New GOP Senator Tom Cotton Says Immigration Must Help Americans

Neil Munro White House Correspondent
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Newly elected Sen. Tom Cotton used his first post-election appearance on NBC’s “Meet The Press” to urge immigration reforms that help American get better wages — yet establishment media outlets ignored his populist call.

“The president just lost an election in no small measure because wages for working families are declining and unemployment is still too high in too many places,” Cotton told the anchor, Chuck Todd.

“And the first big action he took after the election was to make it easier for illegal immigrants to get jobs, not for working families to get jobs,” Cotton said about Obama’s Nov. 21 announcement to provide work-permits to 4 million illegals.

In contrast, the new GOP Congress will try to pass law that begin “building a border fence or enforcing our interior immigration laws, and getting a handle on legal immigration that could actually drive down wages and increase unemployment,” he said.

Cotton’s comments are novel, mostly because nearly all GOP politicians have ignored the impact of Obama’s amnesty on Americans’ wages and jobs. Instead, GOP leaders, such as House Speaker John Boehner, criticize the amnesty as bad for bipartisan cooperation, as a violation of the law-making process and of the Constitution, and an an obstacle to passage of a business-friendly immigration rewrite.

Cotton’s populist comments also are important because he beat the Democratic incumbent with a populist message on jobs and immigration. The successful GOP candidate in Georgia, David Perdue, also used a similar message.

This immigration argument may help the GOP caucus decide to block Obama’s amnesty, and could push the caucus in a more populist direction amid pro-amnesty pressure from business groups.

Cotton will remain a House Representative until January, so he will attend a Dec. 2 meeting where the House GOP caucus will decide if and how to block Obama’s unilateral amnesty for 4 million illegal immigrants.

“I’ll consult with my colleagues in both the Senate and the House, to decide… but I’m reluctant to cede the spending power that a Congress has under the Constitution,” he said. “What we might also do is pass a short-term spending measure into the new year to let a new and accountable Congress, not a lame-duck Congress, make a difference.”

A short-term spending bill would allow the GOP majorities in the House and Senate to block Obama’s amnesty after January. A long-term, 12-month spending bill favored by some GOP legislators would allow Obama to execute the amnesty.

But a large slice of the GOP’s leadership and caucus are reluctant to fight Obama’s $2 trillion amnesty, largely because the amnesty is backed by many donors and business groups that profit from cheap labor. “One side [of the GOP] wants to fight, one side doesn’t want to talk about it,” a Hill aide told The Daily Caller.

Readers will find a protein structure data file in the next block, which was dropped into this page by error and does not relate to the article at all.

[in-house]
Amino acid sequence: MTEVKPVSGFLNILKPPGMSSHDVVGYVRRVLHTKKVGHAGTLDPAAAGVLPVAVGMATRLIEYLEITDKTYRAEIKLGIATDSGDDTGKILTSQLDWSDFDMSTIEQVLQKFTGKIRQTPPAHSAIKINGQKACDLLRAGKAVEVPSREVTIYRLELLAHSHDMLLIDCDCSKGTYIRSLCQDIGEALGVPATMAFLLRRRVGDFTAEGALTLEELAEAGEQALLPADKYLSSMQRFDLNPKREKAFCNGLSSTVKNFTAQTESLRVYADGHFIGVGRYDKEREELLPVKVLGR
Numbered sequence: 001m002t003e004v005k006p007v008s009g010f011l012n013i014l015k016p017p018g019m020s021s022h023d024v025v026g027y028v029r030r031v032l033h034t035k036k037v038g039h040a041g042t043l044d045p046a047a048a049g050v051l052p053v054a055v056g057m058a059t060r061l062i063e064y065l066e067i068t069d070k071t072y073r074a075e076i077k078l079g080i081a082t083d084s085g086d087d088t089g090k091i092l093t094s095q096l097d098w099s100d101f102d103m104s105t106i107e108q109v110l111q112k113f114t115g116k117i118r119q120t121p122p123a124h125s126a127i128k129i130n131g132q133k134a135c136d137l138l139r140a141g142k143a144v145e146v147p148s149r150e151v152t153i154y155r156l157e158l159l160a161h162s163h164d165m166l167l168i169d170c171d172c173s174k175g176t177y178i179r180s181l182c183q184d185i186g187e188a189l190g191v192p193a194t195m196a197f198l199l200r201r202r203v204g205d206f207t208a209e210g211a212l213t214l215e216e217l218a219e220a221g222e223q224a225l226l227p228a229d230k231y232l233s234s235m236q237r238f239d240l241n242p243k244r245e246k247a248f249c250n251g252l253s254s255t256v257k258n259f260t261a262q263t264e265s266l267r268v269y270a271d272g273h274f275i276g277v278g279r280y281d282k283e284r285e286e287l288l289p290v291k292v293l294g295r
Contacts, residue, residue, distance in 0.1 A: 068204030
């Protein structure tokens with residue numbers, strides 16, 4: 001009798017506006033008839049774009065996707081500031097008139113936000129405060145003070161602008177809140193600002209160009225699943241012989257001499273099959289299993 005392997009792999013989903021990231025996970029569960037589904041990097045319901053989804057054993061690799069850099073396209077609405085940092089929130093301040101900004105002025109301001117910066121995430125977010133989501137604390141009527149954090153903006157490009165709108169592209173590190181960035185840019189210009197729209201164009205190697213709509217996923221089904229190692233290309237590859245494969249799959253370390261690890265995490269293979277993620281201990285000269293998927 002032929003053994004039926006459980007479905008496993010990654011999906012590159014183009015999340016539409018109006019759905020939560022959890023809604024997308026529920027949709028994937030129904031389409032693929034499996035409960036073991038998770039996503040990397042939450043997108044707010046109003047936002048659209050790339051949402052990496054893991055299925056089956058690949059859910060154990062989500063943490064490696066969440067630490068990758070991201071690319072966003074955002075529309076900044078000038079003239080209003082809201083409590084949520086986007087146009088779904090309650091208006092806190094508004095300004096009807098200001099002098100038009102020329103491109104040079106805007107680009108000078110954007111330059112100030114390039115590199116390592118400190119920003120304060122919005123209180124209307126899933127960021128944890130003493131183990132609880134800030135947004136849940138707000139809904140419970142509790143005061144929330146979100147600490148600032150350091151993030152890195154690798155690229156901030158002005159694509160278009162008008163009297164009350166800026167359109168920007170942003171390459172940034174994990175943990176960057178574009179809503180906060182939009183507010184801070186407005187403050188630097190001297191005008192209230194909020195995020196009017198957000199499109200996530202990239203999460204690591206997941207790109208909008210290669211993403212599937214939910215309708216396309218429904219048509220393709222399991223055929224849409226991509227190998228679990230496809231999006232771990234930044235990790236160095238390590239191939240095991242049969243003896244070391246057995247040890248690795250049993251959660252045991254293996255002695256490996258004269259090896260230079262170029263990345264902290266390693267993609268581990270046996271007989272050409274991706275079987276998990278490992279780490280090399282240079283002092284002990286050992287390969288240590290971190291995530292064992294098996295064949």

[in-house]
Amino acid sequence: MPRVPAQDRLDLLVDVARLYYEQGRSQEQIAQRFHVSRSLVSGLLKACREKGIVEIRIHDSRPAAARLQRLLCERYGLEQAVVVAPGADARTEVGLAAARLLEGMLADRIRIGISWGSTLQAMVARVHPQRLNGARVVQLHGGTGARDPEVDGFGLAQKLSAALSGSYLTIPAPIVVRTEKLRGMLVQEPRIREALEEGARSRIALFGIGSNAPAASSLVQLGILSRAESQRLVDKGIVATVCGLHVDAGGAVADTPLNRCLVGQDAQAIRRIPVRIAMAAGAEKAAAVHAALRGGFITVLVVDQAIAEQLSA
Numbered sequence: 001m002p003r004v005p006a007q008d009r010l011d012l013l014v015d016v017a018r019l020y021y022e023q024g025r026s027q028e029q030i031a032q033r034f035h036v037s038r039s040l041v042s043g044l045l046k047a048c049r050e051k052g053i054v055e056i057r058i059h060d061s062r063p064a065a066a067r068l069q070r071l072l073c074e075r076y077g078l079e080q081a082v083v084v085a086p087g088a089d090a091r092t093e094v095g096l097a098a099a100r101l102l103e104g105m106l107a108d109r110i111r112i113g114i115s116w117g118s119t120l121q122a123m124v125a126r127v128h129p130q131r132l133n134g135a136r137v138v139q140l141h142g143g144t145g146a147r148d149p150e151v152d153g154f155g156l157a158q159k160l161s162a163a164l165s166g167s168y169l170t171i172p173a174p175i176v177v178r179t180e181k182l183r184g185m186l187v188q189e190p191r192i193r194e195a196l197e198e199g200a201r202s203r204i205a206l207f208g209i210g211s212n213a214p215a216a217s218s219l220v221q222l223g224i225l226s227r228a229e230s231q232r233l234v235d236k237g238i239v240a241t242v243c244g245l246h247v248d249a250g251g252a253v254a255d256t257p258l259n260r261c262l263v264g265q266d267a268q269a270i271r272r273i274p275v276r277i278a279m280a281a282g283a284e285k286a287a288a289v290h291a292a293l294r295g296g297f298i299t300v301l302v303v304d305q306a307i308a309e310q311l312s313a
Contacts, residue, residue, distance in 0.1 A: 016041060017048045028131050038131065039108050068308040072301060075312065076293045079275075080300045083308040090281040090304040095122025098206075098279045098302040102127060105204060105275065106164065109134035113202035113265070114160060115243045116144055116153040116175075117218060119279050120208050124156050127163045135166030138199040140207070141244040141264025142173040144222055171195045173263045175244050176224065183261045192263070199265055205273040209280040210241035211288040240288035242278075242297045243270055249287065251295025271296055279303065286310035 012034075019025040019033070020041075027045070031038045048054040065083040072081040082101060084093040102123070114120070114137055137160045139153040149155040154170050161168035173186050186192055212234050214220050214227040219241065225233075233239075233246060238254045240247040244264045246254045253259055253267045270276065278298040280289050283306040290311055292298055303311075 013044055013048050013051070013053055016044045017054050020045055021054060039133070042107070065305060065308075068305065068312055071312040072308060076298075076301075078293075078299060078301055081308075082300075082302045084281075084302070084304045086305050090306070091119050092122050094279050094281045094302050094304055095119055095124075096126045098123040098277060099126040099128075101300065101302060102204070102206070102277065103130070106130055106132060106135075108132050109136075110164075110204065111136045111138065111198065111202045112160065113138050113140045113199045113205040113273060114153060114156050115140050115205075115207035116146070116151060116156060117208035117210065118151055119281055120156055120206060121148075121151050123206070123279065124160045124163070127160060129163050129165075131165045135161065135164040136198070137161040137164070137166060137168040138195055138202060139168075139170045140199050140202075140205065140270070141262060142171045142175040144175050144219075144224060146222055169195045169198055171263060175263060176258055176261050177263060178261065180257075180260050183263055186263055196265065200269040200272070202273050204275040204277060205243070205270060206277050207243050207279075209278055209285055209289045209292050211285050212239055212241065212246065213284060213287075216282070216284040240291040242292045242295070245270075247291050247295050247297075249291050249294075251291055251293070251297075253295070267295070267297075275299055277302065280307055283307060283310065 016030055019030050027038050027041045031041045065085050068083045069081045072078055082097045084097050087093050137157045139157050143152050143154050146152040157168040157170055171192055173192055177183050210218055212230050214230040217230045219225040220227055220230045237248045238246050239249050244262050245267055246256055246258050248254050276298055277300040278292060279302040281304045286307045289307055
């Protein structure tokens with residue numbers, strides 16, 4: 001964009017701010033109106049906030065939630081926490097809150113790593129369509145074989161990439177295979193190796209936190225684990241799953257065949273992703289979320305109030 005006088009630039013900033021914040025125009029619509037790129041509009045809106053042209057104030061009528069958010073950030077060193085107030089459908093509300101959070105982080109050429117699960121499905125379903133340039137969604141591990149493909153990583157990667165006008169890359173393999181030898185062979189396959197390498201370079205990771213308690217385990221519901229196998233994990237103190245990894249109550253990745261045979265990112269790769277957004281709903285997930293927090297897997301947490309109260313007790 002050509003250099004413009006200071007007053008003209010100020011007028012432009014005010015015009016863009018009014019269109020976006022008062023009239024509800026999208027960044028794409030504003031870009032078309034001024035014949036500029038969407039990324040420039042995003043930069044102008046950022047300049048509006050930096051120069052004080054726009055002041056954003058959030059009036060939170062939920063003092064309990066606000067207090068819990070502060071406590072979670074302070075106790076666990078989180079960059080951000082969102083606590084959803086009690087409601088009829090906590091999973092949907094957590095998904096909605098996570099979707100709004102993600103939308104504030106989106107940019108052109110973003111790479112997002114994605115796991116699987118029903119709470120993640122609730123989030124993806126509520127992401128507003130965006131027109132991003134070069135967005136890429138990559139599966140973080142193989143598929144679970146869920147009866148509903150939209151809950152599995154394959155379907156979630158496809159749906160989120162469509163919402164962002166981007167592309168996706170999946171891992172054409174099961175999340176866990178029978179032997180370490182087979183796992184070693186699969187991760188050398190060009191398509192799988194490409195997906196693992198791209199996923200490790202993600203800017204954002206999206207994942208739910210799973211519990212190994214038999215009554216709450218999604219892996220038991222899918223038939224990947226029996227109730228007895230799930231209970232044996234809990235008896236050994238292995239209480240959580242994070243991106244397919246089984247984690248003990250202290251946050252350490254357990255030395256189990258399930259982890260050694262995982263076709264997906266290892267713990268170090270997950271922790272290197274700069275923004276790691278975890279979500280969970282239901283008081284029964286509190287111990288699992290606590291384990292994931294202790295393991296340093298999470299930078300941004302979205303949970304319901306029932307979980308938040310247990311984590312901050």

But at least 60 members of the GOP caucus want to block the amnesty — and their numbers were increased by the November elections.

On Nov. 21, Obama decided he would basically stop deportation of illegal immigrants, and boost the annual inflow of guest-workers for jobs sought by Americans. Obama also said he would grant work-permits to 4 million illegal immigrants, plus give them access to federal welfare programs and a fast-track to citizenship. The likely cost of the amnesty is $2 trillion.

Obama has already distributed or promised almost 1 million work-permits to foreigners since 2011, in additional to the routine inflow of 1 million immigrants and 650,000 non-agricultural guest-workers each year. Four million Americans turn 18 each year.

Polls show that Obama’s immigration policies are very unpopular, especially among voters in Midwestern swing-states. On Nov. 4 in deep-blue Oregon, 66 percent of voters struck down a new law giving drivers licenses to illegals.

But Todd and other establishment journalists ignored Cotton’s pitch, which polls suggest could boost the GOP’s vote in 2016.

For example, Todd shifted the to conversation to Cotton’s campaign-trail remarks about jihadis and weak border security.

“You didn’t bring up terrorism just now with me,” he told Cotton. “You did in a campaign phone call. Is that just campaign rhetoric?”

NBC highlighted that segment of the interview, and downplayed the immigration segment.

Politico also ignored the immigration comments, and instead focused on routine remarks about the need for greater border security. “Rep. Tom Cotton, who’ll be sworn in as the youngest member of the Senate in January, says securing the U.S.-Mexico border is a top priority for him and other Republicans,” read Politico’s article, which was headlined “Tom Cotton sees securing U.S.-Mexico border as a top priority.”

The Washington Post also hid the populist remarks. “Sen.-elect Tom Cotton [R-Ark.] this morning went on ‘Meet the Press,’ where he mainly talked about his stance on immigration, an issue that the soon-to-be Republican Senate is sure to discuss in great detail following President Obama’s recent executive action,” said the Post’s article.

The Post’s article was sardonically headlined: “Senator-elect Tom Cotton agrees with candidate Tom Cotton on immigration and terrorism.”

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